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30 April 2019

Crawford D.J., Moura M., Borges Silva L., Mort M. M. Kerbs B. Schaefer H. & Kelly J. K. 2019: The transition to selfing in Azorean Tolpis (Asteraceae). – Pl. Syst. Evol. 305: 305–317.

Abstract:
Asteraceae have the most endemic species of any flowering plant family in oceanic archipelagos, and these insular endemics display a higher frequency of self-compatibility (SC) compared to mainland composites. However, little attention has focused on the evolution of selfing in situ in islands. The genus Tolpis (Asteraceae) in the Macaronesian archipelagos consists predominantly of self-incompatible (SI) or pseudo-self-compatible plants, with one documented occurrence of the origin of self-compatibility (SC) in the Canary Islands. This study reports SC in two small populations of T. succulenta on Graciosa Island in the Azores. Progeny from the two populations exhibit high self-seed set. Segregation in F2 hybrids between SC and SI T. succulenta indicates that one major factor is associated with breeding system, with SC recessive to SI. Molecular phylogenetic analyses show that SC T. succulenta is sister to SI T. succulenta in the Azores, suggesting that SC originated from SI T. succulenta in the Azores. Plants on Graciosa are morphologically distinct from SI populations of T. succulenta on other islands in the Azorean archipelago, with smaller capitula and lower pollen-ovule ratios, both indicative of the selfing syndrome. The factors that may have favored selfing in these populations are discussed, as are the conservation implications of SC. Finally, the issue of whether the two SC populations are cryptic species worthy of taxonomic recognition is discussed.”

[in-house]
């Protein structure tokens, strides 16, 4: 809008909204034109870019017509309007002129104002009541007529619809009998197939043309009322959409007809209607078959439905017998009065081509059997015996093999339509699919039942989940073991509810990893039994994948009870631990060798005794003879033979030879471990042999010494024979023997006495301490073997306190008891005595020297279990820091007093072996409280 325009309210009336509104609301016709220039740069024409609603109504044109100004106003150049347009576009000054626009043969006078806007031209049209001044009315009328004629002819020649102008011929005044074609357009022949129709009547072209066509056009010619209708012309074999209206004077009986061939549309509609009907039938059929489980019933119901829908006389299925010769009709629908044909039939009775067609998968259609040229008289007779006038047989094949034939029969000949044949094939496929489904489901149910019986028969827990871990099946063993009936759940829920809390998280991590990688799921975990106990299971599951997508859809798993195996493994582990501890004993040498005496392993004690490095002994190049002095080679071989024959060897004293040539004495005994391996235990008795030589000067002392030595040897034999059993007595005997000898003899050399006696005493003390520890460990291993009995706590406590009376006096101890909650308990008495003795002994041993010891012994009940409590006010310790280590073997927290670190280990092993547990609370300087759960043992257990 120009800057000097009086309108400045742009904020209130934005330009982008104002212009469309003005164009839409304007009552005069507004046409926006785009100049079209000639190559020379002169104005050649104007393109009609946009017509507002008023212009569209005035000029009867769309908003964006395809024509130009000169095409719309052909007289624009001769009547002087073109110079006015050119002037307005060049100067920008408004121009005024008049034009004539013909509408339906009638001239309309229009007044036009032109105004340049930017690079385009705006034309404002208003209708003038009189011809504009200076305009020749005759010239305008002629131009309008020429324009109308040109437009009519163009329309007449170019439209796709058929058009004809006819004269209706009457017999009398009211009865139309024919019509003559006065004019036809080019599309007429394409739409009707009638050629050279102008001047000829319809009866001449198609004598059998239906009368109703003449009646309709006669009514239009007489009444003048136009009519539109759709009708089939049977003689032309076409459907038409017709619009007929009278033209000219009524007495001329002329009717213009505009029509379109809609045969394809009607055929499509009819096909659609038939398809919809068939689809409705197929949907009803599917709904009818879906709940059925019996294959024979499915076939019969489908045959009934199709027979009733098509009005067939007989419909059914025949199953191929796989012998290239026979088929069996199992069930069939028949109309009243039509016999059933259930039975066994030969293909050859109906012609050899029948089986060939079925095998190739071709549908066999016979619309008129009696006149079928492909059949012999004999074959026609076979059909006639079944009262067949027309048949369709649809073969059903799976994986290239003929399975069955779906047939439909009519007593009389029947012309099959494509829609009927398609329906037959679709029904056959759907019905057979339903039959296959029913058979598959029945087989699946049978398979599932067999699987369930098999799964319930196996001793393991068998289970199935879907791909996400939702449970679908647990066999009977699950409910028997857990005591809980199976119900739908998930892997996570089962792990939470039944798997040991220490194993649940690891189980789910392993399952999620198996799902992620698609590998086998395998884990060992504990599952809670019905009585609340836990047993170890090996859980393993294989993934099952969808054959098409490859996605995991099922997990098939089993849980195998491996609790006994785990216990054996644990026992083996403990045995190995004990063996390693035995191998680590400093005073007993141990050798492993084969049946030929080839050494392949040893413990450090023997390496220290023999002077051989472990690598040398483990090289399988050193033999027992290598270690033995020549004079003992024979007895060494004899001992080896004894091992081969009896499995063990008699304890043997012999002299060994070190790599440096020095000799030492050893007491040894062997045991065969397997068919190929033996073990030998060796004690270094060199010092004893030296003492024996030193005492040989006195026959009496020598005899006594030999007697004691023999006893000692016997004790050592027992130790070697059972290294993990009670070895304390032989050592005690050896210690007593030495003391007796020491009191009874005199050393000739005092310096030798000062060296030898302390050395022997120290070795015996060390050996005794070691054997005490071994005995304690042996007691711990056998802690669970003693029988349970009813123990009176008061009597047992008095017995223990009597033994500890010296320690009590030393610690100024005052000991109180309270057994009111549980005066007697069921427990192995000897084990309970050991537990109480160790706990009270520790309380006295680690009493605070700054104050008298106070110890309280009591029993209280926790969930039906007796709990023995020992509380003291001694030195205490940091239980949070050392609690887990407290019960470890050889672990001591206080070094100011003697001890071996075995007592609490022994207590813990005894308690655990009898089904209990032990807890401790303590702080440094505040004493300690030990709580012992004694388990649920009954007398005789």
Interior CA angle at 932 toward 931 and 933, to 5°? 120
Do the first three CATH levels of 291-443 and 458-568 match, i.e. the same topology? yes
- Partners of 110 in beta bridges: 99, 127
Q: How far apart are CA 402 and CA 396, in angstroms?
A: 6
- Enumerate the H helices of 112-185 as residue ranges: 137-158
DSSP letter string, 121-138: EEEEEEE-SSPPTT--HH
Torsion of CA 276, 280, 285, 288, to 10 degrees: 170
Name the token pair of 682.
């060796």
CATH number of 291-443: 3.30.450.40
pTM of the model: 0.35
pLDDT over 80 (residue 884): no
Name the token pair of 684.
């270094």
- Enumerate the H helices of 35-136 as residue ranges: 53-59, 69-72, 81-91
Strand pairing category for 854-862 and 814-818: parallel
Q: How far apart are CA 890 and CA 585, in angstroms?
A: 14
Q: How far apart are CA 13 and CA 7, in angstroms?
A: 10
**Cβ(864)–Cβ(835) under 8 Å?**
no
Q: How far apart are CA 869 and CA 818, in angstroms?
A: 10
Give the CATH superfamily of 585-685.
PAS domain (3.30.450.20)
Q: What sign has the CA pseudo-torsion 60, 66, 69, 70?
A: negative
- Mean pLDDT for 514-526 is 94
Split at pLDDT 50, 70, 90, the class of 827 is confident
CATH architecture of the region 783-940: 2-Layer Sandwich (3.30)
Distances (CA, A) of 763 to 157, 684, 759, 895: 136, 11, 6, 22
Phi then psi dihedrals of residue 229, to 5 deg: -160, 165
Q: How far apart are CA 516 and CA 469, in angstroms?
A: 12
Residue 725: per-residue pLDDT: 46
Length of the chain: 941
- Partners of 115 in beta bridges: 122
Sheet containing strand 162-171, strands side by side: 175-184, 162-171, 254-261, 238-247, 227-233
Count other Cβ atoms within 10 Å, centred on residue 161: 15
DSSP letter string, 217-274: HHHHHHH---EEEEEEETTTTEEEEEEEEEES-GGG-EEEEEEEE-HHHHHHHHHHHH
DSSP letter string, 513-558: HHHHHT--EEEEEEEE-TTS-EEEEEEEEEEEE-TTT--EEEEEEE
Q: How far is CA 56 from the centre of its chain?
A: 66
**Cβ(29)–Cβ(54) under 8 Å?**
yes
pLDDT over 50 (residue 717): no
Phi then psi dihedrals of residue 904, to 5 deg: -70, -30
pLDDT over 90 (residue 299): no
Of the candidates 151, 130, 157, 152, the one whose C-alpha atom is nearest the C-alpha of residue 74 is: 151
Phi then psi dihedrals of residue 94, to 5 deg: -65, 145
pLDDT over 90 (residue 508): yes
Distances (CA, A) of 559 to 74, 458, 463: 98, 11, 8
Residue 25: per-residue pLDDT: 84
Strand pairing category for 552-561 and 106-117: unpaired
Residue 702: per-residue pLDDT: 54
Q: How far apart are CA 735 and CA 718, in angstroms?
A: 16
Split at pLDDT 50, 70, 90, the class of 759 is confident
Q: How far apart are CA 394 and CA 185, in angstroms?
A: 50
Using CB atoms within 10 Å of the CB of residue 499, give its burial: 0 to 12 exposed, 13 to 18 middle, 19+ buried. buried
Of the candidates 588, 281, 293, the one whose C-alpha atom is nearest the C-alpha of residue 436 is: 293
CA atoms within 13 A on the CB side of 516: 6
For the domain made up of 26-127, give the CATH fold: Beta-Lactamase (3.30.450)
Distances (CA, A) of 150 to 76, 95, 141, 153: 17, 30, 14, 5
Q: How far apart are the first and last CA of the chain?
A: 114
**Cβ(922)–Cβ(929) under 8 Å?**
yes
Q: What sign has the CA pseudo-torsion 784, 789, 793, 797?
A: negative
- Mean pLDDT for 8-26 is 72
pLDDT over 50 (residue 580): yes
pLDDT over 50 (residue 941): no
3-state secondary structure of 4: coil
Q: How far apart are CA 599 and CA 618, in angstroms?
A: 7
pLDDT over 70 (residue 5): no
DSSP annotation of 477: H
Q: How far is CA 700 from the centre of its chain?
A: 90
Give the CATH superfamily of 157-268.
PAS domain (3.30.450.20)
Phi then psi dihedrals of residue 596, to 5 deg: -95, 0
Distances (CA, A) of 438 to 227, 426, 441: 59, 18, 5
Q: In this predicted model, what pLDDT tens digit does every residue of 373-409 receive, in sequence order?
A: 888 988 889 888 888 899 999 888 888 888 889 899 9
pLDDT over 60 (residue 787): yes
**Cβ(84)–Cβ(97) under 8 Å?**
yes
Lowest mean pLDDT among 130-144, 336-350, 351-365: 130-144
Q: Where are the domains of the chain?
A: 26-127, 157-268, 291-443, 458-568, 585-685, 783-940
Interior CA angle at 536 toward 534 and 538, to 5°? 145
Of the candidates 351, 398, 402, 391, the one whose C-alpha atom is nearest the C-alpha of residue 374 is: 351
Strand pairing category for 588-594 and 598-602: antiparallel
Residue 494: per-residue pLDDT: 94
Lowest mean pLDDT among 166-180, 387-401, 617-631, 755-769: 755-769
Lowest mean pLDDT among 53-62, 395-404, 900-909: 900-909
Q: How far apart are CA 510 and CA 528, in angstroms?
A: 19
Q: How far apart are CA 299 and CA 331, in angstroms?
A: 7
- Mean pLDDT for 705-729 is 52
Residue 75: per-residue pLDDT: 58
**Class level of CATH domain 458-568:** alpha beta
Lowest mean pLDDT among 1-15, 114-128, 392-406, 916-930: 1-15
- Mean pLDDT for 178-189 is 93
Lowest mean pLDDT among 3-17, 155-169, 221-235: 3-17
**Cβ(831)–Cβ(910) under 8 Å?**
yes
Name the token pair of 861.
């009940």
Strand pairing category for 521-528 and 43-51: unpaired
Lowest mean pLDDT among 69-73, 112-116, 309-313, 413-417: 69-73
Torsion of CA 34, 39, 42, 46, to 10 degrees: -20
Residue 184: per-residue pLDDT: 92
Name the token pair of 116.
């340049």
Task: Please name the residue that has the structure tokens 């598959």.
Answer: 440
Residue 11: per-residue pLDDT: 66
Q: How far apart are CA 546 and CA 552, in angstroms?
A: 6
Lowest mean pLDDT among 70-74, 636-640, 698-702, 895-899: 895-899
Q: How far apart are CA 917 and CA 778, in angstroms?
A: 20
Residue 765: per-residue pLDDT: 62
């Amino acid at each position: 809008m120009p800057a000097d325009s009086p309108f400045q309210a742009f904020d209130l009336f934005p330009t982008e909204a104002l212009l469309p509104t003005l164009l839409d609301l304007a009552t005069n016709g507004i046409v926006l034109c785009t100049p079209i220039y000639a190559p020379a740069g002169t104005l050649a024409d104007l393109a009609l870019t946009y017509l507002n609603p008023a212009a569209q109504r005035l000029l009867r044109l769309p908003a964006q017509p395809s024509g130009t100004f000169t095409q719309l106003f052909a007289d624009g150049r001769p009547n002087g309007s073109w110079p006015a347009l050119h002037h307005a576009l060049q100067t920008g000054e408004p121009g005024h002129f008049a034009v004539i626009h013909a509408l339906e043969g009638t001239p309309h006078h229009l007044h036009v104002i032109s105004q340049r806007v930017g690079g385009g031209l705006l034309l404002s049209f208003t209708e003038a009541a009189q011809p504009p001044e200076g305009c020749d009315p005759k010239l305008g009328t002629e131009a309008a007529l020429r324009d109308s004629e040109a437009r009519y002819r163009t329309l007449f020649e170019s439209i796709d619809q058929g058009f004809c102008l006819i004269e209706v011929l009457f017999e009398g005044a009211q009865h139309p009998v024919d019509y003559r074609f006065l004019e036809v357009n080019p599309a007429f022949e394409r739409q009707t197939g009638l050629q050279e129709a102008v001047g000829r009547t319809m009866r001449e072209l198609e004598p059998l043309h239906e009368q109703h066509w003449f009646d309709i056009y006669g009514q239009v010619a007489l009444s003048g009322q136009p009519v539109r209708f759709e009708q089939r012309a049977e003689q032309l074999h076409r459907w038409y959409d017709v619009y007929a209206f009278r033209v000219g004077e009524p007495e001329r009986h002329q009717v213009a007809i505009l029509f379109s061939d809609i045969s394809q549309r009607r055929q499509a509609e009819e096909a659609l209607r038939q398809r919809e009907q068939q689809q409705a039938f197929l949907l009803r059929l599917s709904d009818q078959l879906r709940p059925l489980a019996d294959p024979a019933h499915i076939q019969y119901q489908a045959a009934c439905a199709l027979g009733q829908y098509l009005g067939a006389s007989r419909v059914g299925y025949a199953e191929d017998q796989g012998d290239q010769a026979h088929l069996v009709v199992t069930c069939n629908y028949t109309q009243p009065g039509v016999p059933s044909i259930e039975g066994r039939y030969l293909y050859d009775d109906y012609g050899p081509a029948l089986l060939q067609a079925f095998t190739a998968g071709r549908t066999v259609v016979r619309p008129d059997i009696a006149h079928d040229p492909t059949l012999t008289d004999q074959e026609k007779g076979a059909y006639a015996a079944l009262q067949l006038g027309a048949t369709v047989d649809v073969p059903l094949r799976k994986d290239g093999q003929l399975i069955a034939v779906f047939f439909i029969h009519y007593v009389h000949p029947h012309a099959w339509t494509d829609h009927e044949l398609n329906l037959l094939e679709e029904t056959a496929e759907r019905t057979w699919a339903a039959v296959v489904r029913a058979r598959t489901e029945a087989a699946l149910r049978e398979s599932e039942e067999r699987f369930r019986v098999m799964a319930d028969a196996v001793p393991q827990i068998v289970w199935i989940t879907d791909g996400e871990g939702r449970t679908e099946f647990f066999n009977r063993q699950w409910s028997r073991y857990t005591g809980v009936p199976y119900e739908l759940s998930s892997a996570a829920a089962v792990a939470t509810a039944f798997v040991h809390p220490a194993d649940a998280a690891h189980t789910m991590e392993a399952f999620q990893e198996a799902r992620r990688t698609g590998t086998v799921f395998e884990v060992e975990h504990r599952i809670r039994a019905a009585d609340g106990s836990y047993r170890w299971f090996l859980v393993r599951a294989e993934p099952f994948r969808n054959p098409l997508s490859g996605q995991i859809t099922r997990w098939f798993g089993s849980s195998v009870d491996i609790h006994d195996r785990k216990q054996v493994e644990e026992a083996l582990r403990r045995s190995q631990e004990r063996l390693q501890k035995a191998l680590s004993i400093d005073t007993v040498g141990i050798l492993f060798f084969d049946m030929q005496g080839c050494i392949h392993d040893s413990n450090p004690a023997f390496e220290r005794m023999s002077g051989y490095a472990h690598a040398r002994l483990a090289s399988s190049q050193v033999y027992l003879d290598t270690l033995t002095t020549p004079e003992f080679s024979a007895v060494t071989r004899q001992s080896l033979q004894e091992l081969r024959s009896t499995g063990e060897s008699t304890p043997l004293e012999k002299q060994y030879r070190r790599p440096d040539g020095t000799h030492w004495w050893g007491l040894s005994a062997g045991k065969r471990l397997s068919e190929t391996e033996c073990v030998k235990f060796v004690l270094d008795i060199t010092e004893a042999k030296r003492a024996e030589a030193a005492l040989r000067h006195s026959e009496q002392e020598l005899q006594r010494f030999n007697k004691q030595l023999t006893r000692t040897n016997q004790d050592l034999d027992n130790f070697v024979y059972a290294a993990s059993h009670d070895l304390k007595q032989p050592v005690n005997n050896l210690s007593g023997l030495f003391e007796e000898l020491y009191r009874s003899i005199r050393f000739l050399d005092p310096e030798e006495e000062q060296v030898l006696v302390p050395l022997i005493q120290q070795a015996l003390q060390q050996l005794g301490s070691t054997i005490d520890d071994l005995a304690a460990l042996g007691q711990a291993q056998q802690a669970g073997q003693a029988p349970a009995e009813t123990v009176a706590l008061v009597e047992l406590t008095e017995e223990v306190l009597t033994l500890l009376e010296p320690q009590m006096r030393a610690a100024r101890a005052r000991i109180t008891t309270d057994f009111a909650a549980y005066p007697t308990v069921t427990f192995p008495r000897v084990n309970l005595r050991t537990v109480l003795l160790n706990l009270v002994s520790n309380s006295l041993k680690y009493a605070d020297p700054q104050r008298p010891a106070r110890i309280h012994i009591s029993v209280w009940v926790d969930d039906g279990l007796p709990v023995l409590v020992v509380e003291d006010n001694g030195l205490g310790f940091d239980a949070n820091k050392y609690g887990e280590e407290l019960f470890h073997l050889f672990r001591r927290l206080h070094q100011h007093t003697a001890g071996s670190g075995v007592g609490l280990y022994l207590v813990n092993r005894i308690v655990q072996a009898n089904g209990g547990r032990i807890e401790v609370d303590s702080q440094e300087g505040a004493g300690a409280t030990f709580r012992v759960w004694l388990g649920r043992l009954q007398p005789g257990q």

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11 March 2019

Urtubey E. & al. 2019: Systematics of Hypochaeris section Phanoderis (Asteraceae, Cichorieae). – Syst. Bot. Monogr. 106: 1–204.

Abstract:
“This revision treat the 41 South American species of Hypochaeris, plus the northwest African H. angustifolia, all now placed in a single monophyletic section Phanoderis. The New World species constitute subsection Phanoderis, and the single African species comprises subsection Africana. The species in South America represent a challenge in classification; molecular clock investigations suggest that the entire complex diverged approximately within the past 1 million years. From an ancestor in northwestern Africa, similar to the present-day H. angustifolia (the phylogenetic sister-species), have come 41 species in a relatively short geological time. These species are similar genetically; routine DNA sequencing with normal markers provides little differentiation. With Amplified Fragment Length Polymorphism (AFLP) analysis, distinct groups can be resolved, some with very strong statistical support other less so. Species arer morphologically reasonably well defined, but the differences are subtle, requiring field experience for accurate identification of taxa. ... Several new taxa and combinations are presented ...”

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11 March 2019

Uhlemann I., Eggert M., Schiemann J. & Thiele K. 2019: Zum Wiederanbau von Taraxacum koksaghyz (Asteraceae) als Kautschuklieferant in Deutschland. – Kochia 12: 19–35.

Abstract: